When you walk through the doors of any shop, supermarket or restaurant in Japan, you will be greeted by staff members calling irrashaimase! which means ‘welcome’. As you leave arigatou gozaimasu, or ‘thank you’, will echo in your ear as the sales assistant walks you to the door, handing your purchase to you and bowing as you leave. Japan’s level of customer service is probably unmatched by any other nation, but it takes a lot of hard work to deliver. Japanese customers can be tough and delivering on their expectations is a far more complex undertaking than simply offering polite customer service.
For overseas businesses it’s a challenge to compete in this market, and the retail sector provides a classic example. Japanese supermarket chain Seiyu became a wholly-owned subsidiary of the US retail giant Walmart in 2008. But by 2018, reports were emerging in the Japanese media that it was going to sell-up and leave. Speaking with CNBC about common habits of Japanese shoppers, Michelle Grant, Head of Retailing Euromonitor International, commented: “[Japanese consumers] enjoy the treasure hunt of prices. Supermarkets will distribute fliers everyday, coupons and oftentimes Japanese consumers will go to multiple stores in order to take advantage of those daily sales.” Among several other problems Walmart was facing, when it came to Japan with its ‘everyday low prices’ strategy, it failed to convince local consumers.
This ‘treasure hunt’ approach to shopping is very different from, say, a mainstream approach of UK and US supermarket shoppers who like to access the lowest priced products in one place. Traditionally Japan has had a much greater proportion of women (wives and mums) staying at home full-time compared with their western counterparts, so there is time to shop around for the best bargains. And, crucially, Japanese shoppers don’t always want the cheapest product. But hunting around for the best-buy would be considered far too time-consuming for many western supermarket shoppers.
At a communication level – for overseas businesses looking to capture the attention of Japanese consumers – differences also exist in the way information is presented at different touchpoints, digital and physical.
Those between Japanese and western web design are well-reported: the former characterised by a homepage seemingly covered in information and statistics; the latter with an almost minimalist feel necessitating more clicks to find all information required. Japanese consumers expect a lot of detailed information and clear advice during the process of making their purchase decision, and this should be delivered effortlessly to them. The Japanese company seeks to provide all the detail upfront, but to the western eye the page looks cluttered. The same situation exists for print, as our client operating in the technology sector explains:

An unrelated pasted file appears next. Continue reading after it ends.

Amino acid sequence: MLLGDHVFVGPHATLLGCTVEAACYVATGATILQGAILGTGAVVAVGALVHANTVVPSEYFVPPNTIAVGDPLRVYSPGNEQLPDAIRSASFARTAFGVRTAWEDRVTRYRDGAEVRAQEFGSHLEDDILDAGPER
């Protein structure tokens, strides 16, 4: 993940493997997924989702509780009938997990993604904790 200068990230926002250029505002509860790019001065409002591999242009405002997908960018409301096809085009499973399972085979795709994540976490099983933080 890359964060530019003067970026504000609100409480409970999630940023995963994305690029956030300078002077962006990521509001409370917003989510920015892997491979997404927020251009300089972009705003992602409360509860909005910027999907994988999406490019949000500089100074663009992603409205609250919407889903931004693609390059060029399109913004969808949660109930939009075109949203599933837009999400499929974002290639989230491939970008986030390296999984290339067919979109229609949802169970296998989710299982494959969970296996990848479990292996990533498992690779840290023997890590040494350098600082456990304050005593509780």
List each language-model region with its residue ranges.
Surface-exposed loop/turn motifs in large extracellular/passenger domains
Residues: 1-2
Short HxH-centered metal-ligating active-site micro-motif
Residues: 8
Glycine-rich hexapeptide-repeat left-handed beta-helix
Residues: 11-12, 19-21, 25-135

“We operate in all geographical markets… It becomes increasingly challenging when cultures differ from our own. The most difficult part is learning and understanding regional differences – how people operate and what type of information they are used to. For instance, our Japanese customers like to digest lots of information on posters at exhibitions. We would never use that format in Europe though.”
- Technology firm in the Midlands
When it comes to a business’ content assets destined for the Japanese market, translation doesn’t exist outside the rules of marketing. It’s beneficial for businesses to research the cultural and behavioral characteristics of the Japanese consumer and remain adaptable. Assets being rolled-out simply by replacing the text with Japanese words may fail to create maximum impact, so establishing a broader approach to localisation will help on the path to succeeding in Japan.
*CNBC: Why Walmart Is Failing In Japan